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You are here: FRIAS Fellows Fellows 2016/17 Dr. Dustin Breitenwischer

Dr. Dustin Breitenwischer

Albert-Ludwigs-Universität Freiburg
American Studies
Junior Fellow
April 2017 - January 2018

Room 02 012
Phone +49 (0)761 203 97713
Fax +49 (0)761 203 97451


Dustin Breitenwischer is Assistant Professor for North American Studies at Albert-Ludwigs-Universität Freiburg. He studied North American Studies and German Literature at Freie Universität Berlin and the University of Minnesota, and he was a Visiting PhD Scholar at Columbia University in New York. In February 2015 he defended his dissertation on aesthetic in-betweenness at FU Berlin, dealing with the self-representation of aesthetic experience in 20th-century American art and poetry. His project was funded by the German National Scholarship Foundation. His monograph Dazwischen: Über Wesen und Wirken ästhetischer Erfahrung in der amerikanischen Kunst und Literatur von Hopper bis Hustvedt will be published with Fink Verlag in fall 2016.

Selected Publications

  • Dazwischen: Über Wesen und Wirken ästhetischer Erfahrung in der amerikanischen Kunst und Literatur von Hopper bis Hustvedt. Paderborn: Fink. [forthcoming]

  • With Jörn Glasenapp, Claudia Lillge, Elisabeth K. Paefgen (ed.), Die neue amerikanische Fernsehserie: Von Twin Peaks bis Mad Men. Paderborn: Fink, 2014.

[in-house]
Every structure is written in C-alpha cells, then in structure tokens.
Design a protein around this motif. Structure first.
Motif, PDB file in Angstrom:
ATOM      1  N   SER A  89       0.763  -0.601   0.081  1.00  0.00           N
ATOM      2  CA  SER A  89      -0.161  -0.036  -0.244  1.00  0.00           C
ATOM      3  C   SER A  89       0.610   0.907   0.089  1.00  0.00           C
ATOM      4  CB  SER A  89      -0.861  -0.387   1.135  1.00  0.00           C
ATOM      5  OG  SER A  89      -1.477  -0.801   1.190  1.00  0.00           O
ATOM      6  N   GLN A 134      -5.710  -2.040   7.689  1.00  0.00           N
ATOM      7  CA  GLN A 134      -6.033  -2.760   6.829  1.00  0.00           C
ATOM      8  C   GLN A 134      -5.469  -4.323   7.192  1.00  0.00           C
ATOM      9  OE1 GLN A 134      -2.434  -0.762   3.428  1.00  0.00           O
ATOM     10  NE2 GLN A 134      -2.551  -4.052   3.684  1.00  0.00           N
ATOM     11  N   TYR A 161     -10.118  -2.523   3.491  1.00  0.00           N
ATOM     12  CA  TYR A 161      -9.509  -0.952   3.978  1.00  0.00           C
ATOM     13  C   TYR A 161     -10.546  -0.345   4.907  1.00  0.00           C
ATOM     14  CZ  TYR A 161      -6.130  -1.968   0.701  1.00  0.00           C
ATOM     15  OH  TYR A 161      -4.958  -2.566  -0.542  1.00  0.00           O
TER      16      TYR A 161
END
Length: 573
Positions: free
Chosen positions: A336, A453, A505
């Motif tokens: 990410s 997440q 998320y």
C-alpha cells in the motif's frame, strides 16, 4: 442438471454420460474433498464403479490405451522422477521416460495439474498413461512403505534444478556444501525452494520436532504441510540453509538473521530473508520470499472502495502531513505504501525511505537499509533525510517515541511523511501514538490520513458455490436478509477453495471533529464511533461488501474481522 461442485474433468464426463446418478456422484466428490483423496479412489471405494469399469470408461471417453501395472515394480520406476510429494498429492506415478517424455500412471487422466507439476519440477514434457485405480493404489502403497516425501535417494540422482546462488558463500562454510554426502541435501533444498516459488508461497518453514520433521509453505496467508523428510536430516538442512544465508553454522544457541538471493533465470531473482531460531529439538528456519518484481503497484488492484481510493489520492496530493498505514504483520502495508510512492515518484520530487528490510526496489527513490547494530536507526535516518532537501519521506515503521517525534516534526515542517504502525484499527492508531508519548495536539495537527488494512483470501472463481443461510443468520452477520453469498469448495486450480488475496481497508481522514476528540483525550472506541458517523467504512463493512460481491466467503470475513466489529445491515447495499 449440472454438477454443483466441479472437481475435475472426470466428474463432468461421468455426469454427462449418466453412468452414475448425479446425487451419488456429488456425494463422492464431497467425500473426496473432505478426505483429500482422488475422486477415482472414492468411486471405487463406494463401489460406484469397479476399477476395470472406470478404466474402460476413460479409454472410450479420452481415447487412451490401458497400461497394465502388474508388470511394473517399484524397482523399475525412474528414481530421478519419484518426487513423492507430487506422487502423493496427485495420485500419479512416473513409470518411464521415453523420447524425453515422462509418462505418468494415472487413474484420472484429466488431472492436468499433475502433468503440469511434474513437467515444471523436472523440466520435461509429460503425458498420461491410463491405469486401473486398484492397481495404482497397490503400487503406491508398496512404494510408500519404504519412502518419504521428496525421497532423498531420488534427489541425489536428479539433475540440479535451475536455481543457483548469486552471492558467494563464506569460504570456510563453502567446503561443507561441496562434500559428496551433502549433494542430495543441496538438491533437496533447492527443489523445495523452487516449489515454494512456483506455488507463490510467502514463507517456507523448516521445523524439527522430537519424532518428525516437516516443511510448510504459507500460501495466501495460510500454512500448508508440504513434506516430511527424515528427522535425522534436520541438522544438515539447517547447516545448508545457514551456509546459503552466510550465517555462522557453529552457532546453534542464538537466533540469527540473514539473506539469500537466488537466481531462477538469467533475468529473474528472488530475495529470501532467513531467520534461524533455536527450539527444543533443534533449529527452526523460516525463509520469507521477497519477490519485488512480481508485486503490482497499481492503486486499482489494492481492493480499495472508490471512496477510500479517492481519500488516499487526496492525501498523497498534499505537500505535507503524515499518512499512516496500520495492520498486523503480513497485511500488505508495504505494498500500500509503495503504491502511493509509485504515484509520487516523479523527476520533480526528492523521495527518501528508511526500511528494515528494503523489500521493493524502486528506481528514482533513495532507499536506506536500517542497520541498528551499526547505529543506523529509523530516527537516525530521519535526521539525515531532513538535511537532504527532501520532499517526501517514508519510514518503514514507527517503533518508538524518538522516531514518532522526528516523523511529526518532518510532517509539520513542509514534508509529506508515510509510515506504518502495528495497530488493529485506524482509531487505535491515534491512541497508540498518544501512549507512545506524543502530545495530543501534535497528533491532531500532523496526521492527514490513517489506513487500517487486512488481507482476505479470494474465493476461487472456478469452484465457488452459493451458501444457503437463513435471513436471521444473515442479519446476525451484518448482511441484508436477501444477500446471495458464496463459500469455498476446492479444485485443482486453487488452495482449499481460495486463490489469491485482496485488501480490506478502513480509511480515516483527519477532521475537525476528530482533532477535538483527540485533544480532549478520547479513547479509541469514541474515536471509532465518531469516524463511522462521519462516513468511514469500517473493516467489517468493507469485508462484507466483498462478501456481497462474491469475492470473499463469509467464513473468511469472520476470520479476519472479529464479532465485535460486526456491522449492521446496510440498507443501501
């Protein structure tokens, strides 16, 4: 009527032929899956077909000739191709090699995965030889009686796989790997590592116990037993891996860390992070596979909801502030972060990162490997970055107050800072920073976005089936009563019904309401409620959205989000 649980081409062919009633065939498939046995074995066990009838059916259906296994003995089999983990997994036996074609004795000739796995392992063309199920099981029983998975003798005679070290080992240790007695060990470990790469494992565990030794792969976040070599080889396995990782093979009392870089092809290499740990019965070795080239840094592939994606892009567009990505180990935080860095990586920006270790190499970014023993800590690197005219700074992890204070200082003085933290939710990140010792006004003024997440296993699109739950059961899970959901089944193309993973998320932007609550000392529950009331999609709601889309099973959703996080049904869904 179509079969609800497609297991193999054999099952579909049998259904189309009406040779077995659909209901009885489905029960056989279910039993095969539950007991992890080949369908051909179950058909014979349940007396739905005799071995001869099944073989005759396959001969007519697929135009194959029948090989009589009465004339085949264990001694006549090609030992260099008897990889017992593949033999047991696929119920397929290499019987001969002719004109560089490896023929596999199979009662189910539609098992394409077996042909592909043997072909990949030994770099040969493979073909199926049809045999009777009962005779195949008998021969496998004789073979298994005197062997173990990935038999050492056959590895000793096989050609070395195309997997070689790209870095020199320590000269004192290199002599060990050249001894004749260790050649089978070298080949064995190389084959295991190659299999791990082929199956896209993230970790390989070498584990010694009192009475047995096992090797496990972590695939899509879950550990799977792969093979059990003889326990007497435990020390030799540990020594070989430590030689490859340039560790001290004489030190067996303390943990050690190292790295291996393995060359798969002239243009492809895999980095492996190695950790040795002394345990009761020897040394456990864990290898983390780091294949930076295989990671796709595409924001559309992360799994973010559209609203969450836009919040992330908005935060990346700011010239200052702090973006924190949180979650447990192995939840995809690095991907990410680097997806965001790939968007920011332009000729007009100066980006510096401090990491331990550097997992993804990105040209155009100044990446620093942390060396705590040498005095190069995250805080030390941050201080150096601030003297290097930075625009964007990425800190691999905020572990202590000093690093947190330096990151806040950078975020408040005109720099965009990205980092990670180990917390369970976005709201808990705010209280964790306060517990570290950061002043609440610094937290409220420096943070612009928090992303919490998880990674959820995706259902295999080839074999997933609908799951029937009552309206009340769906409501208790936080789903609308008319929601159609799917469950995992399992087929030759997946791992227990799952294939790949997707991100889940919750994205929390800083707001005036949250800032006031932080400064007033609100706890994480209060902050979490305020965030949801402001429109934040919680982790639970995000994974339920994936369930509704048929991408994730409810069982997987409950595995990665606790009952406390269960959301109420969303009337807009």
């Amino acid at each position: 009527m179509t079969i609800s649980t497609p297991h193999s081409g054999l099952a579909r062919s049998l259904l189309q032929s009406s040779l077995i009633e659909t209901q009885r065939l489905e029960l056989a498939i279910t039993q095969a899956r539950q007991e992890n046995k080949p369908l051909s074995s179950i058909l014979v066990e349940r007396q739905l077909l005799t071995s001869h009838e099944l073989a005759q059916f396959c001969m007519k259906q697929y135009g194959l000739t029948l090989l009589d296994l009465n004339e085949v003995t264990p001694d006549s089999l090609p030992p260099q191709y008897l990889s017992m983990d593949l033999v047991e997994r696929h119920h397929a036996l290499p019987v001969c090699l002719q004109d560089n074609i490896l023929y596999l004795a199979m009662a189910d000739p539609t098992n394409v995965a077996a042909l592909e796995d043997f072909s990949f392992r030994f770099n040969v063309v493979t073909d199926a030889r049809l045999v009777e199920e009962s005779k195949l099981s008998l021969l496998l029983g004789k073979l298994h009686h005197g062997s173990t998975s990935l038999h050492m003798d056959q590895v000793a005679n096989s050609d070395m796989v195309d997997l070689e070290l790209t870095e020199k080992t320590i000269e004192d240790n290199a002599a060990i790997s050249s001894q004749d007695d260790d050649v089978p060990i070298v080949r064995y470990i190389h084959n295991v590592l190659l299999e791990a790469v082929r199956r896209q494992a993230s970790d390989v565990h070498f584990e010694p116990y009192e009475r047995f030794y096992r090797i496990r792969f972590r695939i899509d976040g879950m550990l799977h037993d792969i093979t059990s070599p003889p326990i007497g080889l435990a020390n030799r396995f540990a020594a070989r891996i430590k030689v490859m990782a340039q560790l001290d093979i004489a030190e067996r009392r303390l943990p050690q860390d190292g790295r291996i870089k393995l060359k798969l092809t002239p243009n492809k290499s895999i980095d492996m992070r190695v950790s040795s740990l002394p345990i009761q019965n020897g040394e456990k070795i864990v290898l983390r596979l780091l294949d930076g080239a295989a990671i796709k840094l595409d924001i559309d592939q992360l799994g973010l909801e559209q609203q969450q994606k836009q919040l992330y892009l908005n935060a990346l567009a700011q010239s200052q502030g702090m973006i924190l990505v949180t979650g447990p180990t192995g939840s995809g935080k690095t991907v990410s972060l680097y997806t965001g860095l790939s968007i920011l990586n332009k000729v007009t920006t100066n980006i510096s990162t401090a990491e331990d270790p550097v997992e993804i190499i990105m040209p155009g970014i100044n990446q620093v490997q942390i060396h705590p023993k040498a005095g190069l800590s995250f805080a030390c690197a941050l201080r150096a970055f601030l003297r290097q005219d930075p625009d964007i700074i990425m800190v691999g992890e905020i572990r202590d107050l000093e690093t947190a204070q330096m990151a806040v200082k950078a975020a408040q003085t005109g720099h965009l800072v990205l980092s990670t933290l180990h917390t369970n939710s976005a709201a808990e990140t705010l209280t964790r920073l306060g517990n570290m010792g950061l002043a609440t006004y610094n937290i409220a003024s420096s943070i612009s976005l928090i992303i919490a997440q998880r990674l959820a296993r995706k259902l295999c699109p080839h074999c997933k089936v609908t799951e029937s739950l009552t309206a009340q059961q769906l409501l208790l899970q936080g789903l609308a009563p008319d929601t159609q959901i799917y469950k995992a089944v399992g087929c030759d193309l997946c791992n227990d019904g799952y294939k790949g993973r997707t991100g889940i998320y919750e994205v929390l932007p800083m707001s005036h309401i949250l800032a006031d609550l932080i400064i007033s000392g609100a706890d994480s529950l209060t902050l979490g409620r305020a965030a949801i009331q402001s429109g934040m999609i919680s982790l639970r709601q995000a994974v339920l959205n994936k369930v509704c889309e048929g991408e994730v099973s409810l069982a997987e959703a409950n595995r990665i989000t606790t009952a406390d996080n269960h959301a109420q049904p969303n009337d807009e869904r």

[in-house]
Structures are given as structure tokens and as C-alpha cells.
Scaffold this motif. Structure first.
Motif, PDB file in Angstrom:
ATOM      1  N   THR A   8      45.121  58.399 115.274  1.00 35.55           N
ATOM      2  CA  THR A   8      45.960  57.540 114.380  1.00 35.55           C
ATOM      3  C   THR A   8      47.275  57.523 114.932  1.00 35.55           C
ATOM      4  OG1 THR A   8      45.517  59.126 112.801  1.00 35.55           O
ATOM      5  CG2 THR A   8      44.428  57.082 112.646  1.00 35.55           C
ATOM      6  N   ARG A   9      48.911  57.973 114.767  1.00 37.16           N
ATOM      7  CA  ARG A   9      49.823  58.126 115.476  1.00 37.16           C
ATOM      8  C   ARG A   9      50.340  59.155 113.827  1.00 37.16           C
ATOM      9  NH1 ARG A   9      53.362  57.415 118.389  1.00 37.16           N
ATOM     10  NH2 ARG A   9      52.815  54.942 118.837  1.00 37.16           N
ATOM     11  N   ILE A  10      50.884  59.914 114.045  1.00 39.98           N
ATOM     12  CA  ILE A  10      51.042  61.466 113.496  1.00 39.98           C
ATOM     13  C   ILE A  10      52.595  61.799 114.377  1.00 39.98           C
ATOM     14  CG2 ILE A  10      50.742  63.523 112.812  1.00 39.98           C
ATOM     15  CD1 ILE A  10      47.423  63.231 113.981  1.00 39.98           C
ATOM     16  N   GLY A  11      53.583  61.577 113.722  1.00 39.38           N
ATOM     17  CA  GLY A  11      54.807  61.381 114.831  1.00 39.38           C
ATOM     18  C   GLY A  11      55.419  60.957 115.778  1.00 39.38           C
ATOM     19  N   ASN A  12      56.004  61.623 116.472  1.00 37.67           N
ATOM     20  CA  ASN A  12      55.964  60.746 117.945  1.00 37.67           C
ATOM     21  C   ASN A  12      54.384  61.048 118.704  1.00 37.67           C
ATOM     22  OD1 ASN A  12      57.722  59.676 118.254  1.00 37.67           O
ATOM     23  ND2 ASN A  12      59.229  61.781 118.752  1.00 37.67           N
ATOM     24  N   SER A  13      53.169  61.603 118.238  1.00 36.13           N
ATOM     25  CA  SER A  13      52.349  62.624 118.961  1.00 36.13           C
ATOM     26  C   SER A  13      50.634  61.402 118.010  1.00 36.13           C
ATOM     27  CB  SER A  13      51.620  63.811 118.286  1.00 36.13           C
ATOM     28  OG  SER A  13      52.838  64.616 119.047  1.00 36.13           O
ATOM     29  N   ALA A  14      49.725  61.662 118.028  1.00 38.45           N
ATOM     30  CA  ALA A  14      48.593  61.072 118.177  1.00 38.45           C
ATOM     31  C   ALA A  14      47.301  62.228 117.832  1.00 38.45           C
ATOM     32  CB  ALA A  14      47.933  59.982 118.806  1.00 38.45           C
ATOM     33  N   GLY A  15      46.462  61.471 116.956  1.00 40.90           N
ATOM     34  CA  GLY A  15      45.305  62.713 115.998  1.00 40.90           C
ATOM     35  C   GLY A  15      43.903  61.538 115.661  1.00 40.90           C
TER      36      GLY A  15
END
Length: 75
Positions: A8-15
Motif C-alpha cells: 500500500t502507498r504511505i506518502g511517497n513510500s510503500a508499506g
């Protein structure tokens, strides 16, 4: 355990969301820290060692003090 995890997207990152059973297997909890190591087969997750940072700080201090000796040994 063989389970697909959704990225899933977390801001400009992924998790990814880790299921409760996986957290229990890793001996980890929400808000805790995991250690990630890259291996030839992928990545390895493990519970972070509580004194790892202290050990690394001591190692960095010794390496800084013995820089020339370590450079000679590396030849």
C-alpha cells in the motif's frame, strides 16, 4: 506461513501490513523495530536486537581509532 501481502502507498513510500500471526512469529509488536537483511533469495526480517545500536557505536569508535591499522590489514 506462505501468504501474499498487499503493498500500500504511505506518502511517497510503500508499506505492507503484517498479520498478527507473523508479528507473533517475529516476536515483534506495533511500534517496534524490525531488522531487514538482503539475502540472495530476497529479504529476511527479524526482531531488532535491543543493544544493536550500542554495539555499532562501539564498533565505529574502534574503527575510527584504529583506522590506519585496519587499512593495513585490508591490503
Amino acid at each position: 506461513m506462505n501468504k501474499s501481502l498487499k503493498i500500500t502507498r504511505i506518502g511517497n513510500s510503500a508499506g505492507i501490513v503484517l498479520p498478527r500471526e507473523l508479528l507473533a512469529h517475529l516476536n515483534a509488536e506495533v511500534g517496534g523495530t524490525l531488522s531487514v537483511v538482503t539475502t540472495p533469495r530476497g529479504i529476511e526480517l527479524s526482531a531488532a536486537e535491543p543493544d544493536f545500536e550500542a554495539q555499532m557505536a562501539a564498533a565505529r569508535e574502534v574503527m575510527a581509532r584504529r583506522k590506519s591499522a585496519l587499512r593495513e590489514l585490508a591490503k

• "Reading In-Between: Interpretation as Experience (and the Case of Sylvia Plath’s 'Soliloquy of the Solipsist')". Reading Practices. REAL Yearbook of Research in English and American Literature, Vol. 31. Ed. Winfried Fluck, Günter Leypoldt, Philipp Löffler. Tübingen: Narr, 2015. 219-37.

  • "'Look at this tangle of thorns': Vladimir Nabokovs Lolita und die Appellstruktur des Geständnisses". Kriminalliteratur und Wissensgeschichte: Genres – Medien – Techniken. Ed. Clemens Peck, Florian Sedlmeier. Bielefeld: transcript, 2015. 197-213.
  • "Life and Times of...: Promethean (Counter-)Narratives and the Poetic Function of Aesthetic Experience in Rap". American Lives. Hg. Alfred Hornung. Heidelberg: Winter, 2013. 381-98.


The Creative Self in 19th-Century American Culture

In his current research project he engages in the transnational history of creativity and the creative self in American culture. Focusing on mid-19th century American literature, culture and philosophy -- from Ralph Waldo Emerson's transcendental reflections to Harriet Jacob's slave narrative -- he argues that factual and fictional narratives about the creative self were established and used as a means to strengthen, criticize, negotiate and resist dominant Romantic notions of individuality and selfhood. His project revolves around the sociocultural appeal and the aesthetic function of these self-narratives against the backdrop of transatlantic conceptualizations of creativity and creative self-determination.